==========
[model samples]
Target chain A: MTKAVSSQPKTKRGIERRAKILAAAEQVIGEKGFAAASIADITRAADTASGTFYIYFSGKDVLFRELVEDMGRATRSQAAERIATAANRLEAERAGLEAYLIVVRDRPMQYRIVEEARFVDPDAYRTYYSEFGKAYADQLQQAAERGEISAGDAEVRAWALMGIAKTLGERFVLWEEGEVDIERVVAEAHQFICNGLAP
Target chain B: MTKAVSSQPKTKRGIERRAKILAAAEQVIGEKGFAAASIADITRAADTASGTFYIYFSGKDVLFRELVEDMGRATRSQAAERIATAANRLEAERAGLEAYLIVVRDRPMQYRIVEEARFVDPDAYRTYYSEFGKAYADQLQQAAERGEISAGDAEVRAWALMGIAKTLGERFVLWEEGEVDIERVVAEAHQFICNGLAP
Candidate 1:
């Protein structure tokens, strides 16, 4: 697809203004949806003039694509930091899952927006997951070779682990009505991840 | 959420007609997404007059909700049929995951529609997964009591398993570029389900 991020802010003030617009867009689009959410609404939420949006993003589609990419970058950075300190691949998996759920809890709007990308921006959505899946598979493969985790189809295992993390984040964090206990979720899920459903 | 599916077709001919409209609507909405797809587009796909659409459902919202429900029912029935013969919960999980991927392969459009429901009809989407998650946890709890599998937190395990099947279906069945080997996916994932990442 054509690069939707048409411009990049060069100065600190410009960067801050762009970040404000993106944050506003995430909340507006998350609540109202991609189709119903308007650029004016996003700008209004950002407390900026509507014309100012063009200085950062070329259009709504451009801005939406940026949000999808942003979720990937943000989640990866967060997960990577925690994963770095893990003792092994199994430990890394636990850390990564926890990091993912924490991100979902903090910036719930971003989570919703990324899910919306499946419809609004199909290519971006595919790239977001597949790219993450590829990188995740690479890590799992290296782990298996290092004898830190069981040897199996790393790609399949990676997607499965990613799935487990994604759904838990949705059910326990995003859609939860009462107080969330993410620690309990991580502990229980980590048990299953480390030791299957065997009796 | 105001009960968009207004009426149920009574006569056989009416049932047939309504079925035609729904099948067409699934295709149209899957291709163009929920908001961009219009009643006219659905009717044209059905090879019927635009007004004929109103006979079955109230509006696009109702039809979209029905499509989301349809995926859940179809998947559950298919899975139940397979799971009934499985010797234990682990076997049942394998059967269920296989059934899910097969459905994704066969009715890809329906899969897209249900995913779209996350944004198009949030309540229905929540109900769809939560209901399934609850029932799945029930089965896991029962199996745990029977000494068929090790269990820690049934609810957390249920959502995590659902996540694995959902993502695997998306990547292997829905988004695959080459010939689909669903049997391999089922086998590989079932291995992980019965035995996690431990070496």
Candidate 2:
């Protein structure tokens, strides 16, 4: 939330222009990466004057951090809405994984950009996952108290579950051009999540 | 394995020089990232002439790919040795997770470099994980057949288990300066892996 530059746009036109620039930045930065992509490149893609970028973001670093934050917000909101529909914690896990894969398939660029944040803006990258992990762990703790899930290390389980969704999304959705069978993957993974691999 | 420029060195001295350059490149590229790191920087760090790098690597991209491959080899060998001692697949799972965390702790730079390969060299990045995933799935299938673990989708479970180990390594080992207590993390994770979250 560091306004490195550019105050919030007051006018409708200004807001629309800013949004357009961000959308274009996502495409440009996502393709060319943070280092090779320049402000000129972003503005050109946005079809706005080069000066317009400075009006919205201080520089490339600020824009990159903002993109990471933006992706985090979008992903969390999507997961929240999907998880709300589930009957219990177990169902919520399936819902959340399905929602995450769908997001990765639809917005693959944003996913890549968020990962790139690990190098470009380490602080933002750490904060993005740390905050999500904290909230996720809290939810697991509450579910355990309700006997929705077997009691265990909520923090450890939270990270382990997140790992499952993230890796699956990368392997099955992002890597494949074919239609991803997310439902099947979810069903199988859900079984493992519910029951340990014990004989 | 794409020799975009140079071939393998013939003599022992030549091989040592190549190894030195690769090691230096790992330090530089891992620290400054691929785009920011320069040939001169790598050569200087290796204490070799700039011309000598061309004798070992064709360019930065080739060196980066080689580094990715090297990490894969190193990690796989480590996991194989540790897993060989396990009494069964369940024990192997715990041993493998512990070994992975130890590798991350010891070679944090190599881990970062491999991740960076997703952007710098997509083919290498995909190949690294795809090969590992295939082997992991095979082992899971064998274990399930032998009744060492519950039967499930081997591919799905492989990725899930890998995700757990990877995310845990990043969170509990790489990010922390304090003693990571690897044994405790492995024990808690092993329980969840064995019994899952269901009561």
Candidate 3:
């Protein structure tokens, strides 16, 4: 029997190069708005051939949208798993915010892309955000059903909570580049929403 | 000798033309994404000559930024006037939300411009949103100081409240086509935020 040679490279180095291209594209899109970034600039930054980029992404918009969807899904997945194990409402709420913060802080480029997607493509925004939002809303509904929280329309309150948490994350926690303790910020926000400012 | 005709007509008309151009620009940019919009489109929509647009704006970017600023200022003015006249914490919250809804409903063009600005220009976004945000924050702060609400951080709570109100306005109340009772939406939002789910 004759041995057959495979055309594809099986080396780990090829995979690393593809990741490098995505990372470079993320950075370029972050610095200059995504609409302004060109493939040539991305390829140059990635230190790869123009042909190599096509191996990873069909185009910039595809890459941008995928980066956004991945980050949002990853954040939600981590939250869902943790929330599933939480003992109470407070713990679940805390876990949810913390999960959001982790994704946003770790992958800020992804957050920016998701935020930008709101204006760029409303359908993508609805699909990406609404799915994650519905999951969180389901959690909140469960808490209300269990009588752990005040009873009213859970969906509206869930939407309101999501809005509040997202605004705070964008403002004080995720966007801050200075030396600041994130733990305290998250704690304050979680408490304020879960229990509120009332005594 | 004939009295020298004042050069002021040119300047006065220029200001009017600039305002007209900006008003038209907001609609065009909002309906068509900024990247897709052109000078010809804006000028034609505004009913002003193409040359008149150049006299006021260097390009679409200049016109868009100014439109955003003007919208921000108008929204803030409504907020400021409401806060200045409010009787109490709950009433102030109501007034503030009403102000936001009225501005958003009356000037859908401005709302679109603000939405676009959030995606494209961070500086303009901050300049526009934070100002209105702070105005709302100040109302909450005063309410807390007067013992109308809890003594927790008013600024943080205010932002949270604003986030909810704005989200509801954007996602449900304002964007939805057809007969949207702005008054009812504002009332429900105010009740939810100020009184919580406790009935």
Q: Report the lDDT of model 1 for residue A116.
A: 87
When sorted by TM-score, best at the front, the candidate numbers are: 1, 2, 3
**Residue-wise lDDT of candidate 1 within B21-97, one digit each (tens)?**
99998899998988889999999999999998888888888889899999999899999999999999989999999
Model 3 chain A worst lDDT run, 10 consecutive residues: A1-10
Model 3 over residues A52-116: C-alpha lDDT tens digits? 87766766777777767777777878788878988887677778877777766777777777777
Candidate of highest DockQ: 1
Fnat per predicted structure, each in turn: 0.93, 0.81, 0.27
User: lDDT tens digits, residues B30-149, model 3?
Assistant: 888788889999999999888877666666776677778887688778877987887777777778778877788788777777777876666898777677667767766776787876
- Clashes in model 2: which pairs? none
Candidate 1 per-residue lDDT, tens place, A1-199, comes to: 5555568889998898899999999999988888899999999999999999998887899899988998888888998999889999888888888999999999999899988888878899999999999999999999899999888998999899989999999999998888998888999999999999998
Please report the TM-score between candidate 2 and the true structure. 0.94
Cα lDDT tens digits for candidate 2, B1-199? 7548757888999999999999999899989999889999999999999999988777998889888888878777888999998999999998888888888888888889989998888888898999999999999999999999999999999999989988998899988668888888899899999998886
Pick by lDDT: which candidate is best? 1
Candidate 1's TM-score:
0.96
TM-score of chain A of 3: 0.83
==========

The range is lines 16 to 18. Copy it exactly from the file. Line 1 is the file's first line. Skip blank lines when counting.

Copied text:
Model 3 over residues A52-116: C-alpha lDDT tens digits? 87766766777777767777777878788878988887677778877777766777777777777
Candidate of highest DockQ: 1
Fnat per predicted structure, each in turn: 0.93, 0.81, 0.27